The New York City Council on Tuesday introduced a package of bills that would ban on-call scheduling and other inflexible, unpredictable scheduling practices deemed unfair by retail workers and many policymakers, according to the council's website.
The bills in some cases go further than what has been proposed by Mayor Bill de Blasio, who said in September he would push for legislation to give fast food and retail workers advance notice of schedules and penalty pay for last-minute changes.
The state of New York has also pushed against on-call scheduling practices, with New York Attorney General Eric Schneiderman’s office warning several retailers that aspects of such practices are already against state law, which prompted Urban Outfitters, Gap Inc., L. Brands, J. Crew, Pier 1 and Abercrombie & Fitch to end on-call scheduling.
Algorithms in scheduling software have helped retailers cut costs through efficient staffing, but have also made life difficult for workers who are trying to manage households, attend school or work additional jobs. New York isn’t the only place to find growing antipathy toward the practice of on-call scheduling. Seattle, San Francisco and Bay Area city Emeryville have also passed laws limiting and penalizing the practice.
In New York, the proposed bills would ensure that when hours become available, they’re offered first to existing employees, before new workers are hired. Many part-time workers remain willing to work full-time but can’t find the positions, according to the U.S. Department of Labor. This will offer a pathway to full-time work. The bills also provide remedies and protections to retail workers when on-call scheduling does occur and establish a process for employees to seek flexible work arrangements, among other provisions.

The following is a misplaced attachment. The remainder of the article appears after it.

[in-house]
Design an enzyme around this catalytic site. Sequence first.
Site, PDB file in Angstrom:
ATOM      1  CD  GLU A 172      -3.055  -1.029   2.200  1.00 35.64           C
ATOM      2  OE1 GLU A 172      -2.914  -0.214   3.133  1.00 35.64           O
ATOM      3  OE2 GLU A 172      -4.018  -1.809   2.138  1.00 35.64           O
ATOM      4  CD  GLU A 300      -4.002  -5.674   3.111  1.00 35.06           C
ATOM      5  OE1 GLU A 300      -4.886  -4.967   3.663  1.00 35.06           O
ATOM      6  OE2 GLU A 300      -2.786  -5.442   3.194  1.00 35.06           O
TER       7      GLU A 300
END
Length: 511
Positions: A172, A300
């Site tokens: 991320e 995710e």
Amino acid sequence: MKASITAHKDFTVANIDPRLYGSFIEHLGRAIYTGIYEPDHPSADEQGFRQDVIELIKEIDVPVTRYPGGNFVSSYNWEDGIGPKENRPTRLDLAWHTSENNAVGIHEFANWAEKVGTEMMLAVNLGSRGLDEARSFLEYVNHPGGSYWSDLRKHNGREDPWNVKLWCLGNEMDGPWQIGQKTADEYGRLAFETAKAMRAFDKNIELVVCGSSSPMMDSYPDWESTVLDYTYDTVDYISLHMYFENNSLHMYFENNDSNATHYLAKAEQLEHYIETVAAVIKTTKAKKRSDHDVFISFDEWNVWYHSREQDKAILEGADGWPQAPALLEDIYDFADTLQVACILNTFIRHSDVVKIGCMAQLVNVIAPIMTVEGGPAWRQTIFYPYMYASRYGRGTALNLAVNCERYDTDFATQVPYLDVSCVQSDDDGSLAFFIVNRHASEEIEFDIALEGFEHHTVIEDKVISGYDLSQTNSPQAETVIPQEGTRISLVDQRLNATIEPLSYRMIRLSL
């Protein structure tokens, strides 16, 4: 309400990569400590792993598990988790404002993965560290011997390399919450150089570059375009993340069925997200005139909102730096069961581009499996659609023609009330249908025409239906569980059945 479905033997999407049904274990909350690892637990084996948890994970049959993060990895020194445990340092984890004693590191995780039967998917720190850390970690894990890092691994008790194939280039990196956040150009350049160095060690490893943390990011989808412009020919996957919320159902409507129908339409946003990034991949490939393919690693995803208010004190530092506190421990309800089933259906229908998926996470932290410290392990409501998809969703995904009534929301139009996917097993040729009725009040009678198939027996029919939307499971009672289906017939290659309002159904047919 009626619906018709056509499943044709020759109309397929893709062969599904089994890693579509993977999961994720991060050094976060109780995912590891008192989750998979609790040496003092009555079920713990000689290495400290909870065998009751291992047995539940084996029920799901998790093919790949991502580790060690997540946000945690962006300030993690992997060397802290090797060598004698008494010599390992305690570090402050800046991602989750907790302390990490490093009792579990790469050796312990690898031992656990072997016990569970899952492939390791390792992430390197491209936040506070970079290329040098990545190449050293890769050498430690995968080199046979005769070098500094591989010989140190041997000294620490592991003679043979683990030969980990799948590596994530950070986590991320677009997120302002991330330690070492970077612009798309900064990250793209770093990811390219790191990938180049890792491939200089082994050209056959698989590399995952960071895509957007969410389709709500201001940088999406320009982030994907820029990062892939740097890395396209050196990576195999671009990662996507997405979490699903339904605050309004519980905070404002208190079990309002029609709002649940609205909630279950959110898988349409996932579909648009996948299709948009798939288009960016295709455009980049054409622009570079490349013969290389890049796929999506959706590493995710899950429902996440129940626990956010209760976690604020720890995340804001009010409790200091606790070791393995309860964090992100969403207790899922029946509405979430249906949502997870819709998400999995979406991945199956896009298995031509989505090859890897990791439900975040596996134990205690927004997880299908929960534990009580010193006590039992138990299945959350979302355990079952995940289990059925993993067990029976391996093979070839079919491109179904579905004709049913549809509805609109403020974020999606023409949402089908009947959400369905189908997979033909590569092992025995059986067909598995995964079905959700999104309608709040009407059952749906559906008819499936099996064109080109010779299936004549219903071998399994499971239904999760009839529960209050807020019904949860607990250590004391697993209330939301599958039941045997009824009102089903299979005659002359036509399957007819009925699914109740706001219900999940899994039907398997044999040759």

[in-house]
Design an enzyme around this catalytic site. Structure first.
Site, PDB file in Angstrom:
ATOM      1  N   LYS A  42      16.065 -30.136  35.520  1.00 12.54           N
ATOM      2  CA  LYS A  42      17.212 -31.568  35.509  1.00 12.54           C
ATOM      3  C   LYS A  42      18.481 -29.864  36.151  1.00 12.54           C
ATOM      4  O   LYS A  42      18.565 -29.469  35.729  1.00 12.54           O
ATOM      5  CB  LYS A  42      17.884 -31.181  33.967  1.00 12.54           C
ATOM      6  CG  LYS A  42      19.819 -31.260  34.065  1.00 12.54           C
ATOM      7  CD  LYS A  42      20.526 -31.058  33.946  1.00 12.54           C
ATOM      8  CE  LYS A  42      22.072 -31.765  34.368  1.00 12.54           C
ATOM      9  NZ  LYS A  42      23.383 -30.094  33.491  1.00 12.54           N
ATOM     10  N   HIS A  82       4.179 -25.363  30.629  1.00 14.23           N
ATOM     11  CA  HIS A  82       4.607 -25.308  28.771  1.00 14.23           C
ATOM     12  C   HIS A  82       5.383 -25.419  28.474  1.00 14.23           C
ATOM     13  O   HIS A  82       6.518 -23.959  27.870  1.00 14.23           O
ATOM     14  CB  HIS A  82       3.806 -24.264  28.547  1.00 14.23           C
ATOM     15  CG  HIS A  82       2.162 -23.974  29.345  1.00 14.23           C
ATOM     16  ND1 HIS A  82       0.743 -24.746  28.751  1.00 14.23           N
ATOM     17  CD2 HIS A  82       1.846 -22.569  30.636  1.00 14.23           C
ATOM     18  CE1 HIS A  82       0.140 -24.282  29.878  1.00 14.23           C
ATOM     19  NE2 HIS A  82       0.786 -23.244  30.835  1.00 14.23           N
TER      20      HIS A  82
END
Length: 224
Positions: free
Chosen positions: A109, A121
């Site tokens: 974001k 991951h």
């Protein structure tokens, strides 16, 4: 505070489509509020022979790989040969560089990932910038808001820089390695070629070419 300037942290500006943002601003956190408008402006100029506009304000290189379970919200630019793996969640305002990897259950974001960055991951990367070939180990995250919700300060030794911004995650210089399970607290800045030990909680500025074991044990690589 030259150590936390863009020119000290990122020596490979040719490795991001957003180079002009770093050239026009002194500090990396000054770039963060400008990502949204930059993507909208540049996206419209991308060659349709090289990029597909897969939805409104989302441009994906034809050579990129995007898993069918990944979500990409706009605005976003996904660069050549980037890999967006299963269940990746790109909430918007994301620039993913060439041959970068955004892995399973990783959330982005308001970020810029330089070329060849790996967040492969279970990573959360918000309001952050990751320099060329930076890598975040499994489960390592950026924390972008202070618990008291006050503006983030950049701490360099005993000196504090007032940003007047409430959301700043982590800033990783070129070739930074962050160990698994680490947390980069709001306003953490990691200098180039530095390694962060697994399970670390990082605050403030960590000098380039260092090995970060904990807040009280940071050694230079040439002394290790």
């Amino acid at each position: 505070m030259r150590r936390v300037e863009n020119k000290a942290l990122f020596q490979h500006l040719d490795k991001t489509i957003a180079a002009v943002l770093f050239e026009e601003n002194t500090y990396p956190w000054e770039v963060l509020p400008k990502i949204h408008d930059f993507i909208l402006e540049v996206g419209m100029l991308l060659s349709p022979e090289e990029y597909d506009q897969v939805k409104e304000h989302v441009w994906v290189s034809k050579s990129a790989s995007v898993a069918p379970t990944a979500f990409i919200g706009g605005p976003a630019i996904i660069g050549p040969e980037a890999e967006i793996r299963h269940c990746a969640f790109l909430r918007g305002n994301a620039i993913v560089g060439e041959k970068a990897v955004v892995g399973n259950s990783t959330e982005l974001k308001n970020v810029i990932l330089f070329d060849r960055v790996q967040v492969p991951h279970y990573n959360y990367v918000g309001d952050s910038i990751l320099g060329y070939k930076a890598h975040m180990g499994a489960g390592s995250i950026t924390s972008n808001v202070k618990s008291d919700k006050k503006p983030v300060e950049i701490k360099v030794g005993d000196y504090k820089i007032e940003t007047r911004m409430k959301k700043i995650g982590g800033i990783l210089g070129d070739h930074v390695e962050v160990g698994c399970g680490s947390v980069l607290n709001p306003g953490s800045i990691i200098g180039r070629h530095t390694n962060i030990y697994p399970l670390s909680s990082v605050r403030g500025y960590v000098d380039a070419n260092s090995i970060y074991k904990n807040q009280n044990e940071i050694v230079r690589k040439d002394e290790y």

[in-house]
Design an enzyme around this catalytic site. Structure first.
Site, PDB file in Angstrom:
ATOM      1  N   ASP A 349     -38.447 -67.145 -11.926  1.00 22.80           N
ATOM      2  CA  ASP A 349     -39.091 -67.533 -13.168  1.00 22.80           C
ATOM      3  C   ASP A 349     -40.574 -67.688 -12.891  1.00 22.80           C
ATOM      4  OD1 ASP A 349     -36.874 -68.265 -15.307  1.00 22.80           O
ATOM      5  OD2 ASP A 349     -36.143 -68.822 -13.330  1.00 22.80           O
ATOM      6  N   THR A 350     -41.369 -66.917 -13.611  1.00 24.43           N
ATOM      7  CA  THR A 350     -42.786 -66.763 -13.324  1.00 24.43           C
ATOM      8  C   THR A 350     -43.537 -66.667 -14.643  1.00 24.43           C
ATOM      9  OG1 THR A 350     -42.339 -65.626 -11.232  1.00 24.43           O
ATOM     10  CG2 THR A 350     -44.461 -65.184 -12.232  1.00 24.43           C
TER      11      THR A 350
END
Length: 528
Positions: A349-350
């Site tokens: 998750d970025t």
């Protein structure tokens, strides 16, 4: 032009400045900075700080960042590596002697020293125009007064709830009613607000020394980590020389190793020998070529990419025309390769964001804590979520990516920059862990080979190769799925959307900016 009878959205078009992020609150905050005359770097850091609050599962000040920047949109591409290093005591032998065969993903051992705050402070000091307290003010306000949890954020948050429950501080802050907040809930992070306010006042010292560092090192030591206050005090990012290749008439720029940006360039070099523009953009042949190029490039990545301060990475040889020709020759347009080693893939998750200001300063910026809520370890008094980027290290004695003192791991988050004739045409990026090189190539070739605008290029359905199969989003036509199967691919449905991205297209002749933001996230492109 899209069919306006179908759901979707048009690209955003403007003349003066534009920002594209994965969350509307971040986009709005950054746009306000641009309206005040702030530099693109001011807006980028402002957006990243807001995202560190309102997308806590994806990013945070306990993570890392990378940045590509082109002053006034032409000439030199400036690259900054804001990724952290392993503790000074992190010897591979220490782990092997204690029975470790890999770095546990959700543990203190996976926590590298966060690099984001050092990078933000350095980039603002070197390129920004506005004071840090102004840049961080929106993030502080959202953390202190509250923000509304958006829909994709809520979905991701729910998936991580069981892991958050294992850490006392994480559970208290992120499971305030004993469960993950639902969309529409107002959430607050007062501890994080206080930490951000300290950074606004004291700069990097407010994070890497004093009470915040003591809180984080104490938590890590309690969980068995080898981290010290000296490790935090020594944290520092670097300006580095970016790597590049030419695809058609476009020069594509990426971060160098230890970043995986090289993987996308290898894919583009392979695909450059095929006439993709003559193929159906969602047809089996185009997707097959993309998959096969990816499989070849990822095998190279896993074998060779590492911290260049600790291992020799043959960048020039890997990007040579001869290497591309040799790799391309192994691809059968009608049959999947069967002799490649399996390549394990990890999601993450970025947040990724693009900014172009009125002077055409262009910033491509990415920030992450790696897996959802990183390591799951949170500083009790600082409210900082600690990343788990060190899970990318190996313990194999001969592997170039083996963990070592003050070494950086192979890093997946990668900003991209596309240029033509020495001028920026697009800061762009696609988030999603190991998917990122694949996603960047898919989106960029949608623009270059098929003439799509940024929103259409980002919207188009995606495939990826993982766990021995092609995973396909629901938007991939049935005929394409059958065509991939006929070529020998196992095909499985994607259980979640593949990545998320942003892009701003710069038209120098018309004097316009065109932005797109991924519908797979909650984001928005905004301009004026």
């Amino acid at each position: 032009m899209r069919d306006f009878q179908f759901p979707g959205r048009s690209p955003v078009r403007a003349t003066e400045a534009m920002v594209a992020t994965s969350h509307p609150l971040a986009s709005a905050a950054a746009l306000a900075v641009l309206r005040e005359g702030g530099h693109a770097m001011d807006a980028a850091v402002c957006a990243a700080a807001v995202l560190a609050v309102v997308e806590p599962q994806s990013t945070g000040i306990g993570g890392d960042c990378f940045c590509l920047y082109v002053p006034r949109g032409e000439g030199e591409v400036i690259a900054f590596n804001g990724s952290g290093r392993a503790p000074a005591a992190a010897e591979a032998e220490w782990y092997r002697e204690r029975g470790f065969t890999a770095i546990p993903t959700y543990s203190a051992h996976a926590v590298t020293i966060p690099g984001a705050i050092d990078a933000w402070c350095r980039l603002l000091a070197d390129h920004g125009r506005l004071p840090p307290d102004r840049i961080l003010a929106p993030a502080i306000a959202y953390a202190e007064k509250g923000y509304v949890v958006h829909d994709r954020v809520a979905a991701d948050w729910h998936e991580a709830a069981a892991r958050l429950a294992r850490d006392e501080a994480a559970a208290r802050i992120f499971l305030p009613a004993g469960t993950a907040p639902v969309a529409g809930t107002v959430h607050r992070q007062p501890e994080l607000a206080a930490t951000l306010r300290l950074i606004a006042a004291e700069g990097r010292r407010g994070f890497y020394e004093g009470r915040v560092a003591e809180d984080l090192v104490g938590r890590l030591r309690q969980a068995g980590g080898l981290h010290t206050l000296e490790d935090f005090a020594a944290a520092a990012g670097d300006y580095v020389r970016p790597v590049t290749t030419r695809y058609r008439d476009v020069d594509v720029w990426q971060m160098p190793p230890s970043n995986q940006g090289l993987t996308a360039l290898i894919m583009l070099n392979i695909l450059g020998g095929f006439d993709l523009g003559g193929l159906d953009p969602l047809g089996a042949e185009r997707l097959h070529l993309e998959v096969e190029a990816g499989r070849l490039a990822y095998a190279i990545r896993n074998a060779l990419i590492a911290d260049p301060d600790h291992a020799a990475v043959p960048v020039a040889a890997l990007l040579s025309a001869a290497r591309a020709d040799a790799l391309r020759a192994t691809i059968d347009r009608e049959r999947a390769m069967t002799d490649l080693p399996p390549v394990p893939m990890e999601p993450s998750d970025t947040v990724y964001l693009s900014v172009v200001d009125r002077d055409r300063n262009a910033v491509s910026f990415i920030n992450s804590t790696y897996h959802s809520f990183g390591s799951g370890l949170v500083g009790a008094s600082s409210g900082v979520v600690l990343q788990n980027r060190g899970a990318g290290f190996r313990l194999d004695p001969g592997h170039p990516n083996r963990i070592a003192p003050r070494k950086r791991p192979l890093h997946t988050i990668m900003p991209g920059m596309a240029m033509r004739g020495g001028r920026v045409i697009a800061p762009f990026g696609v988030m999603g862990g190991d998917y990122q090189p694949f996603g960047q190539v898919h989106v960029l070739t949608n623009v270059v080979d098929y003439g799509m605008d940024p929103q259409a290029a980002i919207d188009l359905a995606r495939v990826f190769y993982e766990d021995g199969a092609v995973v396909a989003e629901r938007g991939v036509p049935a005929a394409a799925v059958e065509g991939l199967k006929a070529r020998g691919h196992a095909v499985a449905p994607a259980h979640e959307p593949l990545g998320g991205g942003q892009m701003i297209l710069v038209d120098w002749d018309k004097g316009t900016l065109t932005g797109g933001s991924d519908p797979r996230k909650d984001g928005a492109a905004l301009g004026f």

"People working in fast food and retail have made clear that higher wages are not enough without hours they can count on," Elianne Farhat, Deputy Campaign Director of the Fair Workweek Initiative at the Center for Popular Democracy, said in a statement emailed to Retail Dive. "Now more than ever, parents and students need more input into their work hours so they can balance working hard with caring for their families, attending college classes and participating in our community.”
Indeed, retailers should be prepared to see more such concerns, warnings and even legislation from more states and jurisdictions across the country as on call scheduling gets more scrutiny, Gail Gottehrer, a labor and employment litigator at Axinn Veltrop & Harkrider in New York, told Retail Dive last year. “This can be especially difficult for multi-state employers,” Gottehrer said. “If you’re in a lot of jurisdictions it can be complicated to get things right.”